Six Strategies for Developing Successful Learning Modules

A look at best practices for creating successful learning programs for staff.

By Theresa A. Daly | November 7, 2014

Earlier this year I had the opportunity to present at the 2014 Transplant Donation Global Leadership Symposium (GLS) on “21st Century Learning: Building a Learning-Oriented Culture in Transplant Donation.” I joined two colleagues including Gloria Páez of Transplant Procurement Management (TPM) who presented on new trends in the teaching role and technology applications and Maria Stadtler of Methodica, LLC (formerly of OneLegacy) who presented on customized training. My presentation was about eLearning and the principles that make it an excellent option for educating the donation professional.

Dr. Ruth Clark, noted instructional psychologist, defines eLearning as “content and instructional methods delivered on a computer and designed to build knowledge and skills related to individuals or organization goals.” This simple definition defines:

The what: training delivered in digital format;

The how: content and instructional methods to help learners master the content, and:

The why: to improve performance by building job-relevant knowledge and skills.

Add to this definition three key elements that distinguish eLearning from other learning platforms: instructional methods, instructional media, and media elements.


Example from a Gift of Life Institute elearning module

I imagine some of you are asking: Instructional methods? Instructional media? Media elements? What does all this mean? These are the basic concepts you should consider when developing an eLearning module for your audience. Instructional methods, (e.g., practice exercises, simulations and analogies), are the techniques used to help the learner process new information. Instructional media are the delivery agents that contain the content, including workbooks, computers and instructors. And, finally, media elements refer to the graphics, text, audio and video used to present content and instructional methods. For example, in the screen at left, media elements include text, graphics and audio narration tied to specific organs.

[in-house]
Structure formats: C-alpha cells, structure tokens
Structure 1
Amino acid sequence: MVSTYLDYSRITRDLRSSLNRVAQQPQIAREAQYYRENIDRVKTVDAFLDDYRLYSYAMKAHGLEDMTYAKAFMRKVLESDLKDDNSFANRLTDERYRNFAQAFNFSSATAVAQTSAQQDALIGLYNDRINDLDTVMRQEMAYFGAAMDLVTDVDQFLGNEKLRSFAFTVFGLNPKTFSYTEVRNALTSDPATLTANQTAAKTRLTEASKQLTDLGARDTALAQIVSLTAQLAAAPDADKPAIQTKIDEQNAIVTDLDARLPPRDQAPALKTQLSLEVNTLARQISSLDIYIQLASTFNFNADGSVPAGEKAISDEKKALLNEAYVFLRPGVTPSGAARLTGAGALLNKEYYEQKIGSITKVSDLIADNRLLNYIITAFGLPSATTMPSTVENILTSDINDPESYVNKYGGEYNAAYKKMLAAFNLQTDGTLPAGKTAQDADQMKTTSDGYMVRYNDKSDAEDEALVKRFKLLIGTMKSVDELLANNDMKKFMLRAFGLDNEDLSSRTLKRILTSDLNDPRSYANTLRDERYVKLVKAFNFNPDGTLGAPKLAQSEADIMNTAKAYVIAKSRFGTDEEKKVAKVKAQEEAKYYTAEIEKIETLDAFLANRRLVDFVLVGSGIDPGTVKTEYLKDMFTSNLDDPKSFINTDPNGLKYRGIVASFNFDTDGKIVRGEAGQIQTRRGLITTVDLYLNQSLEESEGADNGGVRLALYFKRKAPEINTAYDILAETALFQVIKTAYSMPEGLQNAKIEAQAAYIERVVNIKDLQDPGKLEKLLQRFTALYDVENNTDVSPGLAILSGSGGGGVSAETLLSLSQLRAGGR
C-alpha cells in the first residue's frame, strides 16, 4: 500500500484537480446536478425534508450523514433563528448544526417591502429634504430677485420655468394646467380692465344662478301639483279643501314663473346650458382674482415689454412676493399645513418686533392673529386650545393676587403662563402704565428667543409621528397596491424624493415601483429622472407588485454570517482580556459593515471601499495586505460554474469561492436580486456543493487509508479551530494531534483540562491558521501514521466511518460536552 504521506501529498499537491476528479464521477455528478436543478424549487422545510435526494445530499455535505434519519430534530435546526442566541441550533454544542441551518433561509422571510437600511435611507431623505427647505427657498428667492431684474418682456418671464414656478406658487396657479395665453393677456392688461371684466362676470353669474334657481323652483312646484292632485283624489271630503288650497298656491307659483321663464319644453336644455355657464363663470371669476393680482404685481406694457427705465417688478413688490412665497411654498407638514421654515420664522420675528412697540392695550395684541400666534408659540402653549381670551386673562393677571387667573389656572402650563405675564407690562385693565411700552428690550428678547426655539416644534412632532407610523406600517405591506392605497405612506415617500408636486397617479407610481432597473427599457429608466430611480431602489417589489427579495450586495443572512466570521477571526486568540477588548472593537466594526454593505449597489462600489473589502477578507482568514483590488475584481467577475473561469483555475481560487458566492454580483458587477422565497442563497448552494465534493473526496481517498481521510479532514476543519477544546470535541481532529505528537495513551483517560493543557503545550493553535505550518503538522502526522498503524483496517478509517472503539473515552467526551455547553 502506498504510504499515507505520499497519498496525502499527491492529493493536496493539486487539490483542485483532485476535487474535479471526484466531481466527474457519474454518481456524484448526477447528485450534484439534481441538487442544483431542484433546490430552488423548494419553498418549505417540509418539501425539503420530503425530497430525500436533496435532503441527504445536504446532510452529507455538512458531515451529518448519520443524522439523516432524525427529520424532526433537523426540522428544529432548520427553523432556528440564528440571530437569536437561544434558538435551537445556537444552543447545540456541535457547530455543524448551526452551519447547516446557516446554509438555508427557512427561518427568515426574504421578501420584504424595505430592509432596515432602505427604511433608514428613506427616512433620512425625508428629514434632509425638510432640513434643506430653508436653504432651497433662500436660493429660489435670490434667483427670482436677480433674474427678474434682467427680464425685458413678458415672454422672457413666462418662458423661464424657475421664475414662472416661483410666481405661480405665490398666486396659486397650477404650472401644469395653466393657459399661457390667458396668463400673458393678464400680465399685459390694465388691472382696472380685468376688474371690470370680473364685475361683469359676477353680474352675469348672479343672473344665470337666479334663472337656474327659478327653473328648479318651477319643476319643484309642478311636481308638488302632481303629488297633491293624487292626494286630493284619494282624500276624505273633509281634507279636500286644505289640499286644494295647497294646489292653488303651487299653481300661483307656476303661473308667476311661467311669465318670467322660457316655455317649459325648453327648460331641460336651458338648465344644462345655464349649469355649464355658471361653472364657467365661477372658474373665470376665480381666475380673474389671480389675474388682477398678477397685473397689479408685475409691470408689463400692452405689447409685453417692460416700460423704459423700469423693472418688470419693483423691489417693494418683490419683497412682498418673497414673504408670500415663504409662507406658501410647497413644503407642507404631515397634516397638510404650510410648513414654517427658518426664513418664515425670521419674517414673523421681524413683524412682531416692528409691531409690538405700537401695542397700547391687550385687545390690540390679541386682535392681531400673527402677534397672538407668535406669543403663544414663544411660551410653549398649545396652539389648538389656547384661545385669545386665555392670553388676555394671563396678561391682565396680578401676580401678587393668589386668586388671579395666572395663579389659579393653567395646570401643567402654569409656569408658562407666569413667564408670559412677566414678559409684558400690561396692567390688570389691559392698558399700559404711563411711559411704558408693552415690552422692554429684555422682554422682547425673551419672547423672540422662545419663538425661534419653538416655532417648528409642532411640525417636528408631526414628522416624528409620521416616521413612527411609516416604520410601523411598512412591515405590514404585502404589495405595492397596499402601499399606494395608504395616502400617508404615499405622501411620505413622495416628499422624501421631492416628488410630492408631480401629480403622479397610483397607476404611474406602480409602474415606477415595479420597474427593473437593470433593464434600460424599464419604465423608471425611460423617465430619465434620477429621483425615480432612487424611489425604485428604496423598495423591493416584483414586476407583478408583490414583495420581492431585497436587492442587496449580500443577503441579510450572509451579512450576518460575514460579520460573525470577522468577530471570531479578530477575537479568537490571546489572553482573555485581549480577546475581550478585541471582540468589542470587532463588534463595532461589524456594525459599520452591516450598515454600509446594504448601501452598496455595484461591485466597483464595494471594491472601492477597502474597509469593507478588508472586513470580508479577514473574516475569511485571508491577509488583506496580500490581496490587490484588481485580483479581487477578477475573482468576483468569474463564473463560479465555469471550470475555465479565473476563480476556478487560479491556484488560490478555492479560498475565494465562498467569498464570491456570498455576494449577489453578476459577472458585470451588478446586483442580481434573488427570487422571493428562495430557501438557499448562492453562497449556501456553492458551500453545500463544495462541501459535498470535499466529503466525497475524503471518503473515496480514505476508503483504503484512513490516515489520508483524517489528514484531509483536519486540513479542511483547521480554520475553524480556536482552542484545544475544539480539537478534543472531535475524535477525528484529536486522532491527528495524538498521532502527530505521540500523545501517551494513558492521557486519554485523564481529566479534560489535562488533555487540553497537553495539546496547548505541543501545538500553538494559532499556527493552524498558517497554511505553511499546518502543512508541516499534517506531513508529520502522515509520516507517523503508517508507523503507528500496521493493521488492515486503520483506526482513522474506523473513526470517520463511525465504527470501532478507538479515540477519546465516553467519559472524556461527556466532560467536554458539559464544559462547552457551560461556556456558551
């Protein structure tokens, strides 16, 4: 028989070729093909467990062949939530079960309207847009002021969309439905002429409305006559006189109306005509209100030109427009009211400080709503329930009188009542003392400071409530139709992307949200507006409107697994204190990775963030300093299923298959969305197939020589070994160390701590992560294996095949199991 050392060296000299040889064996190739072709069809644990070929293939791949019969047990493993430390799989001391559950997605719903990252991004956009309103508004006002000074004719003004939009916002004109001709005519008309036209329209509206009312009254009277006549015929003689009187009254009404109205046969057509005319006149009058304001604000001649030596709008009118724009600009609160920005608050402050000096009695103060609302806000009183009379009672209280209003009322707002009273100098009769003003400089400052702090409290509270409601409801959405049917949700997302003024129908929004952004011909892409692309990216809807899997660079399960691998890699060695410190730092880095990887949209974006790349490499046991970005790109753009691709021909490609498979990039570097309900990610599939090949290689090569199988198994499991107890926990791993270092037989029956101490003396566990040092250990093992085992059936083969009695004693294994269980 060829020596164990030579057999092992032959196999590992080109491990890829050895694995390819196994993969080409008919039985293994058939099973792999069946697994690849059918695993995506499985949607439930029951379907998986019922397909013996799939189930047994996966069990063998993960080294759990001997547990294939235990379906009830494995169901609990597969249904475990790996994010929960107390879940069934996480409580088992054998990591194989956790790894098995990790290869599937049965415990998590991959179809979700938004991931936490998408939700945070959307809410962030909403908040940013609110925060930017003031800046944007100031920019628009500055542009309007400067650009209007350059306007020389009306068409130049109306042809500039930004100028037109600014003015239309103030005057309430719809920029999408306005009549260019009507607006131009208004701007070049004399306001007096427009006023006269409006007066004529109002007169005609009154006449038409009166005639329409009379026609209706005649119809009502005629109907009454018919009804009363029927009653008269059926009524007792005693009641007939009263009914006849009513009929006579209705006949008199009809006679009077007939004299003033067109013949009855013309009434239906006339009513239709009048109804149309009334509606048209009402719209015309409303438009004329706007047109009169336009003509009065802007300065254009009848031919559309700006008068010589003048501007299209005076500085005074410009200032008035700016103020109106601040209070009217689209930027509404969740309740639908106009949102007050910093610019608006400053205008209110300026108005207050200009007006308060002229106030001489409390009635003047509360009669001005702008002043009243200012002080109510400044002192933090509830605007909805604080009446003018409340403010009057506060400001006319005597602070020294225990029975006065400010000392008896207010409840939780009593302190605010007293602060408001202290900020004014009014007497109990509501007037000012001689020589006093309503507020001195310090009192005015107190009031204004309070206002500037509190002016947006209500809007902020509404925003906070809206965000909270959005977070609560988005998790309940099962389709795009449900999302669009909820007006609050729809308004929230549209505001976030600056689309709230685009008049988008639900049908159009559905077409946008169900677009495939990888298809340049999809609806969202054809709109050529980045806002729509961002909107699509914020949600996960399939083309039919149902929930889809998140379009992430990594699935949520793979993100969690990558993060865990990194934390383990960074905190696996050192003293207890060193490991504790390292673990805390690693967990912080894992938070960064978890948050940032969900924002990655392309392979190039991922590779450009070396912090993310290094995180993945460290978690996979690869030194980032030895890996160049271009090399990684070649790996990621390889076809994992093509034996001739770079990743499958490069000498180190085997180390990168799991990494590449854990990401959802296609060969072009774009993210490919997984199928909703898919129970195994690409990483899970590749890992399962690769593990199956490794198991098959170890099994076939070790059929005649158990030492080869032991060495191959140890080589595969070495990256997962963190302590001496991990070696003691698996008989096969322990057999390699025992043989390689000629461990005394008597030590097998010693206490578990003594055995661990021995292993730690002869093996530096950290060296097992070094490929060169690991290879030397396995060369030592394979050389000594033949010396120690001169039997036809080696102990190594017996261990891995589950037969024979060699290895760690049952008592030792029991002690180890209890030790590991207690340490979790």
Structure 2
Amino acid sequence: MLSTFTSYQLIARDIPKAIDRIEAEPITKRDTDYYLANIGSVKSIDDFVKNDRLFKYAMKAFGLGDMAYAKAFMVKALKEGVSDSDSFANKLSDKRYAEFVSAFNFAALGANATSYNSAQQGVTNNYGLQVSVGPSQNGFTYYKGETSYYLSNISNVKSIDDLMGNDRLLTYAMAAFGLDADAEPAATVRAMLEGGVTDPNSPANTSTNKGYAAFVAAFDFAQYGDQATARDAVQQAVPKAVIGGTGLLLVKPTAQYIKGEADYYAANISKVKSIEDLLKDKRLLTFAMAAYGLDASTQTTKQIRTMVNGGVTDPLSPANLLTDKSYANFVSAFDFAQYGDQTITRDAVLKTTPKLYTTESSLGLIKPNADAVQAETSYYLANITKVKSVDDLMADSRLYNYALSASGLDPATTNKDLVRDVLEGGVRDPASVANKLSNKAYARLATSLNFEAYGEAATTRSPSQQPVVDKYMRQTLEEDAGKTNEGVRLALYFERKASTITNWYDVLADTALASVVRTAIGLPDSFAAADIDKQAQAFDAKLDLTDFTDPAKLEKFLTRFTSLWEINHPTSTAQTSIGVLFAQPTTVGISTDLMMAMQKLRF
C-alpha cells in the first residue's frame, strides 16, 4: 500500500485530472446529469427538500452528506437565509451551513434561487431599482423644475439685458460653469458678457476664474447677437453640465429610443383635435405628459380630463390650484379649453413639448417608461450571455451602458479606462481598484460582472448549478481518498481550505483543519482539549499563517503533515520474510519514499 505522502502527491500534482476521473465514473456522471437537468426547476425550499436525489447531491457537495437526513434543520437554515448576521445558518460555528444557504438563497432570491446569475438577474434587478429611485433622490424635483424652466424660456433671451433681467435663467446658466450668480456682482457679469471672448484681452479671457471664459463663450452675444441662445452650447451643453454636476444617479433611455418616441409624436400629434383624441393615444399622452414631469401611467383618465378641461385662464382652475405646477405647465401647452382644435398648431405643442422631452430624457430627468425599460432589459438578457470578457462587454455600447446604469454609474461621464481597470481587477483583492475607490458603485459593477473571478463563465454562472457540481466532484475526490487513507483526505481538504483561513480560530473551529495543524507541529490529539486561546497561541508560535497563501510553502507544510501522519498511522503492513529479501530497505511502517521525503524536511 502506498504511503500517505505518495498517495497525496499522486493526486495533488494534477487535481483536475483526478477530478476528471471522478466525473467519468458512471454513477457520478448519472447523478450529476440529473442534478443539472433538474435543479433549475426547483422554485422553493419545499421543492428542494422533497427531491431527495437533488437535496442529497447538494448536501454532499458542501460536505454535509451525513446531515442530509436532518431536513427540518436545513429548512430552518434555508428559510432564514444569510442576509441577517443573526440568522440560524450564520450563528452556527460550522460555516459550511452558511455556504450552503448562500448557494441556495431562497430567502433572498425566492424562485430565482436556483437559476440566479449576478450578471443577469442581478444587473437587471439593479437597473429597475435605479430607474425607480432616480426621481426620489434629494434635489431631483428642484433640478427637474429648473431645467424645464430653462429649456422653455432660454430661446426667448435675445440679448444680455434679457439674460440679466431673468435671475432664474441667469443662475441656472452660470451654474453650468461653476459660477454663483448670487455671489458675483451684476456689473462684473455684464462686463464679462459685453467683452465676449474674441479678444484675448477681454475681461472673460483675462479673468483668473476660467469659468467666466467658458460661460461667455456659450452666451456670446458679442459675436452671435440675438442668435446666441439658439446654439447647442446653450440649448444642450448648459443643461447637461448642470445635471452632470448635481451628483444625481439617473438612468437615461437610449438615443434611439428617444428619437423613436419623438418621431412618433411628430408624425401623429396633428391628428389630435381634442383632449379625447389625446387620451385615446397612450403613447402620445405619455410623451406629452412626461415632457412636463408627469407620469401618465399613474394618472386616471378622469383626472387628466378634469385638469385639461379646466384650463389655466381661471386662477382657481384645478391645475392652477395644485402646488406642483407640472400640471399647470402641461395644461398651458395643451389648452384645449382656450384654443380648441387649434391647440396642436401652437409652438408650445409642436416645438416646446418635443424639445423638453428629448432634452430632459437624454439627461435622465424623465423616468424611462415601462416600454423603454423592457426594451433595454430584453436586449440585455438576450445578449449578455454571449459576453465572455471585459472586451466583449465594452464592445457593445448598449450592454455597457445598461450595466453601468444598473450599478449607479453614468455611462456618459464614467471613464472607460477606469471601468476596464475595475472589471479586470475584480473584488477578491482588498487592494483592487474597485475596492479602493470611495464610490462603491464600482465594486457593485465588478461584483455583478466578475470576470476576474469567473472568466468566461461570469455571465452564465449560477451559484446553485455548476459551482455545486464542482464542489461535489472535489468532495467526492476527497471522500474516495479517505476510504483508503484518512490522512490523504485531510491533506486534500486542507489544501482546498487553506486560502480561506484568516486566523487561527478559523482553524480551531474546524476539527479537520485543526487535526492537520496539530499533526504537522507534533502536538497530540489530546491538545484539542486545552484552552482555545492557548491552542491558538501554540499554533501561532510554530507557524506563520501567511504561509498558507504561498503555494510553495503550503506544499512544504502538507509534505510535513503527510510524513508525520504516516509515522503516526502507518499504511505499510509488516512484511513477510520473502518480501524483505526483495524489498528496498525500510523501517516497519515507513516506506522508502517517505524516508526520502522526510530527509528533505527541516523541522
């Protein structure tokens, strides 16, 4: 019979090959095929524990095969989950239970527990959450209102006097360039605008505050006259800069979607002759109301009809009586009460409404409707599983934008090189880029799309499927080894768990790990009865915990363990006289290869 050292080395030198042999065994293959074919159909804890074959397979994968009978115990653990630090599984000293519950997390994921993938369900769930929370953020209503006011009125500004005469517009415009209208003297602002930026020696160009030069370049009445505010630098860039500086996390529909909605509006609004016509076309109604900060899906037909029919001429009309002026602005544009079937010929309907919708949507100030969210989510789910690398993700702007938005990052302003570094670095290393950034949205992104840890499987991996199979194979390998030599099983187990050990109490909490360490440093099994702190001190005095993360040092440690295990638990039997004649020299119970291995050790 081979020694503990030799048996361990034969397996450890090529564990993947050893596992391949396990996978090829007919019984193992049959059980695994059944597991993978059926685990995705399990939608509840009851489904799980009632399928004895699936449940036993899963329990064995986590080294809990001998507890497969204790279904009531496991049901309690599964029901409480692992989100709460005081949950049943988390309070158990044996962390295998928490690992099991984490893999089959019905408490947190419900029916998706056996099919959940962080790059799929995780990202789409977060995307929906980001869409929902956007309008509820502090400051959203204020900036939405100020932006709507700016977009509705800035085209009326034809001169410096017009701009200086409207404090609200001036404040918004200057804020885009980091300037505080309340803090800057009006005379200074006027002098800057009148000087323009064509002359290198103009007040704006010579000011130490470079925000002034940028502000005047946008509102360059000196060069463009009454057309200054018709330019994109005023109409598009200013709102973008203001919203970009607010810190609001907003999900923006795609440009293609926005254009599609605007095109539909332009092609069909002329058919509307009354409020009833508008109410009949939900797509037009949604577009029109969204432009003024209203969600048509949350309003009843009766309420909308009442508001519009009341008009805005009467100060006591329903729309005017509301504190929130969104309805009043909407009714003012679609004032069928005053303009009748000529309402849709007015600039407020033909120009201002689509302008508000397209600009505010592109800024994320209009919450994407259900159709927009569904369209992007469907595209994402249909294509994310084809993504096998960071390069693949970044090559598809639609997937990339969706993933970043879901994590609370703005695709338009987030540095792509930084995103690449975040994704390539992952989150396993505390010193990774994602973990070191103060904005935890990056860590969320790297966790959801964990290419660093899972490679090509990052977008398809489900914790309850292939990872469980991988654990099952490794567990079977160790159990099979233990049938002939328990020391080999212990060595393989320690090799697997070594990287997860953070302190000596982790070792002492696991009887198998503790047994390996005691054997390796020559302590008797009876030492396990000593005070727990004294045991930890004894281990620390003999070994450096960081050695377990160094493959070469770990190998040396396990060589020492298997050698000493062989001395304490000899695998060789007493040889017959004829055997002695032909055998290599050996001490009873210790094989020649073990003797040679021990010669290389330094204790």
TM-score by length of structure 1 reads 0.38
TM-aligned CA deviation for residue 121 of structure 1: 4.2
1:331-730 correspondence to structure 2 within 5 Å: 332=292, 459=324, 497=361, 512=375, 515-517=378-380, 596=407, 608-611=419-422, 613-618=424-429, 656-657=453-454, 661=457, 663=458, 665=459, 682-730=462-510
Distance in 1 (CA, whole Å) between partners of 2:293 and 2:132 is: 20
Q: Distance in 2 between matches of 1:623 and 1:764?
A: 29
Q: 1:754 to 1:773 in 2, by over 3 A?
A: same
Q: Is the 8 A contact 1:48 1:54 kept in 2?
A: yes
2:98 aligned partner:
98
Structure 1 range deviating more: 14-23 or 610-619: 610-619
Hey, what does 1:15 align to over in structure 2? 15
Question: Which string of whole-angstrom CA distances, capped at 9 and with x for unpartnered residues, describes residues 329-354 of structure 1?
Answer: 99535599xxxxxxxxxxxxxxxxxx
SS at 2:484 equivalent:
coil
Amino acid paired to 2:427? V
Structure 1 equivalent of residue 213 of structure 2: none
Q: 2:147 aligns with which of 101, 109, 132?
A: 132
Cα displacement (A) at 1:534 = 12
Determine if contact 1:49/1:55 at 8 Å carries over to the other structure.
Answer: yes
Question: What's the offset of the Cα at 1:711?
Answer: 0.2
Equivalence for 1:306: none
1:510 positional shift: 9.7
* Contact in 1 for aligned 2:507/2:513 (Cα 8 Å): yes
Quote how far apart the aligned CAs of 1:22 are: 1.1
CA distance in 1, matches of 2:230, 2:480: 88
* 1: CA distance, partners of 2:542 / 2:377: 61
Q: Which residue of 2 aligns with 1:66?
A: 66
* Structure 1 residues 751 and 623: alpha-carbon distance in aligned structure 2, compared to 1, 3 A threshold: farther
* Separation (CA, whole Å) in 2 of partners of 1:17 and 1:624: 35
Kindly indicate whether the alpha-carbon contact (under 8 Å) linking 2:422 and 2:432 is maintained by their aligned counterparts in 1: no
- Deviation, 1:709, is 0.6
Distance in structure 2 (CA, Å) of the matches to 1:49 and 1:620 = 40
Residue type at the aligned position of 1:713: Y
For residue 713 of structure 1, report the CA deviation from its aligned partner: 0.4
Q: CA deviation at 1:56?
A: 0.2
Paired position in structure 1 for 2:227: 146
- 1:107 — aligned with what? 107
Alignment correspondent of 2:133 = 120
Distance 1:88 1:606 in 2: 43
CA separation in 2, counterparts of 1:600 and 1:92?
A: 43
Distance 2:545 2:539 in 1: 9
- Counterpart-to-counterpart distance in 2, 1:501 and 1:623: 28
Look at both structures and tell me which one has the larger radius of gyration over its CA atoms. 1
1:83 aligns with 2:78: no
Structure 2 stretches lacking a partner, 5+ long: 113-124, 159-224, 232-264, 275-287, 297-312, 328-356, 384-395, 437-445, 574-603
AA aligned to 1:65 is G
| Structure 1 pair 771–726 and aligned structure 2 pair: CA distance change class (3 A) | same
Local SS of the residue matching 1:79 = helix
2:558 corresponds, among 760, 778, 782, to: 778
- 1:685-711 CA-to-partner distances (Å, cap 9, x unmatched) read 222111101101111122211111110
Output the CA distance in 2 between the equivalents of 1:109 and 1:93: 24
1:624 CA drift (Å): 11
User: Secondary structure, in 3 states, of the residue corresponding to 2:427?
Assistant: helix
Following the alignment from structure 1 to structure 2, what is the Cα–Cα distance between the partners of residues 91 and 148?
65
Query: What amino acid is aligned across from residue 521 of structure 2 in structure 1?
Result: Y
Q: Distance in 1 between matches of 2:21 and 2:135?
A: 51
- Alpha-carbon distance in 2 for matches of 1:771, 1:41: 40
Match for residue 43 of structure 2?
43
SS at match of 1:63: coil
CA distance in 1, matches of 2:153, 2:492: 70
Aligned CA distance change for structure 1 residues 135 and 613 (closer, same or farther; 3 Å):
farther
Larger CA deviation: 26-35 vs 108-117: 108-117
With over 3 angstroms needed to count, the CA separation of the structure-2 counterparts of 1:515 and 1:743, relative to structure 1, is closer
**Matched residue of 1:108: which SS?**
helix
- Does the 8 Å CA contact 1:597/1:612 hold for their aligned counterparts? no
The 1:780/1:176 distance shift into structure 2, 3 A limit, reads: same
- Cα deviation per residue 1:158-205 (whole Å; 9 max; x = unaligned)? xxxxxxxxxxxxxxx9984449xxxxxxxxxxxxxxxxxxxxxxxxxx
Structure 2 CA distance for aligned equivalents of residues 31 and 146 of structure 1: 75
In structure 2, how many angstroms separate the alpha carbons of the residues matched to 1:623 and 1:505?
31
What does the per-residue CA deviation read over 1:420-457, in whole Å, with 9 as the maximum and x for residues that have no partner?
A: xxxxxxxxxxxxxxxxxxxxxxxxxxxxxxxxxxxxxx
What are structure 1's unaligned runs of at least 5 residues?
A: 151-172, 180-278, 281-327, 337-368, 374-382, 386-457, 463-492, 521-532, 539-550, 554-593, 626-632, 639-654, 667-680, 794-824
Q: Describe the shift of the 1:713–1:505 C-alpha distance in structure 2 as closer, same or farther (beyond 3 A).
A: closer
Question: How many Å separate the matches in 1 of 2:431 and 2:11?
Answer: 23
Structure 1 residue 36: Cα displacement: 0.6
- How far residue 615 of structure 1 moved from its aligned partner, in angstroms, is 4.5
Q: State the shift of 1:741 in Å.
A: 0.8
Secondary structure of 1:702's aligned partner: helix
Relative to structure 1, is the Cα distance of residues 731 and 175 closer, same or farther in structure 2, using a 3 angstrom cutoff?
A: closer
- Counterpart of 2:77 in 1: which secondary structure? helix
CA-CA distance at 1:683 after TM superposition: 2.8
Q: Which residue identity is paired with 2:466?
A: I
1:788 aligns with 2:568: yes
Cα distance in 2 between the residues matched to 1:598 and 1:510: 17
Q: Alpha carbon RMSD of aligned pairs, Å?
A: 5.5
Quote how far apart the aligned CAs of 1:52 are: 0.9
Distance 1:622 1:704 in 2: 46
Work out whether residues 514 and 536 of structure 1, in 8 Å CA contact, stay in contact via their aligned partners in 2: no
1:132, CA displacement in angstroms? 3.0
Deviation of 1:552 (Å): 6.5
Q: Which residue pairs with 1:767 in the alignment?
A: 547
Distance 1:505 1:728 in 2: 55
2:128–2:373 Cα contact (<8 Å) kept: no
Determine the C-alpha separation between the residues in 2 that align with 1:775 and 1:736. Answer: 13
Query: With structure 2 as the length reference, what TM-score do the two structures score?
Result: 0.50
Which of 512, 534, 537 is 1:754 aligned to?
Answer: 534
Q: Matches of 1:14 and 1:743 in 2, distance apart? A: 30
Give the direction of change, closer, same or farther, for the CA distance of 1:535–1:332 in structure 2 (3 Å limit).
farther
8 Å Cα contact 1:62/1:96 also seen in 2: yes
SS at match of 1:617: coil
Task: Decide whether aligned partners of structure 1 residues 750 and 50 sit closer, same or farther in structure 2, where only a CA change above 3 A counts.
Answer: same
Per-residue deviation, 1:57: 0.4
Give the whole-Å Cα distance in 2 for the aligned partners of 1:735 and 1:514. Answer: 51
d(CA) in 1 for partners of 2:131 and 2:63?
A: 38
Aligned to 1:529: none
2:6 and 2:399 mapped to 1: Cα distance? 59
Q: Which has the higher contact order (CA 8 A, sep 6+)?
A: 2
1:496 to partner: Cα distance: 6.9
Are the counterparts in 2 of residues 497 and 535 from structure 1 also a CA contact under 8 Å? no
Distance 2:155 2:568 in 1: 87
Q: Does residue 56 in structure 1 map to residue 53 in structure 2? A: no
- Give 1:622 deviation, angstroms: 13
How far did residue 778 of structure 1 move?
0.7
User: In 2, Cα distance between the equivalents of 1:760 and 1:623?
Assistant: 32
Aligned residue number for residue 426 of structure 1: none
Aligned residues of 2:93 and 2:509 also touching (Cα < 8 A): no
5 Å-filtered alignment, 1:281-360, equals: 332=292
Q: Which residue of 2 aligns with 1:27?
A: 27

While doing additional research, I came upon the work of Dr. Richard E. Mayer, a professor of psychology at the University of California, Santa Barbara. His research interests are in educational and cognitive psychology, and for the past 10 years, he and his team have been conducting controlled experiments on how best to use audio, text and graphics to optimize learning.

Dr. Mayer’s work concludes that six media elements are critical to successful learning.

  1. Multimedia: adding graphics to work improves learning. Use illustrations, line drawings, photographs, animation or video. It’s important to make sure the multimedia elements are consistent with the instructional message. For example, if you want to provide a visual on the number of people waiting in the United States for an organ transplant (124,000+), you might use a photo of a packed house at Michigan Stadium (seating capacity of 110,000).
  2. Contiguity: when graphics and text are aligned on the screen, the learner doesn’t have to work as hard to retain the material.
  3. Modality: explaining graphics with audio improves learning.
  4. Redundancy: research shows that learning is greater when graphics are explained by audio alone, rather than audio and text.
  5. Coherence: remember, less is more. Using gratuitous visuals and sounds can hurt learning.
  6. Personalization: use a conversational tone along with first and second person improves learning.

The 24 eLearning modules the Institute had developed thus far incorporated five of the elements Dr. Mayer identified. We do not fully embrace the personalization by using first or second person as independent research indicates that our learners prefer the use of somewhat more formal language. You would need to decide for your organization and learners if personalizing the modules in this manner is appropriate.

Whether you are developing the eLearning internally at your organization or looking to an outside source to assist you, I recommend you become familiar with the work of Dr. Mayer and his colleagues to help you in securing eLearning that will result in effective learning for your donation professionals.

Theresa A. Daly is Director of Gift of Life Institute in Philadelphia, PA

Stay Up to Date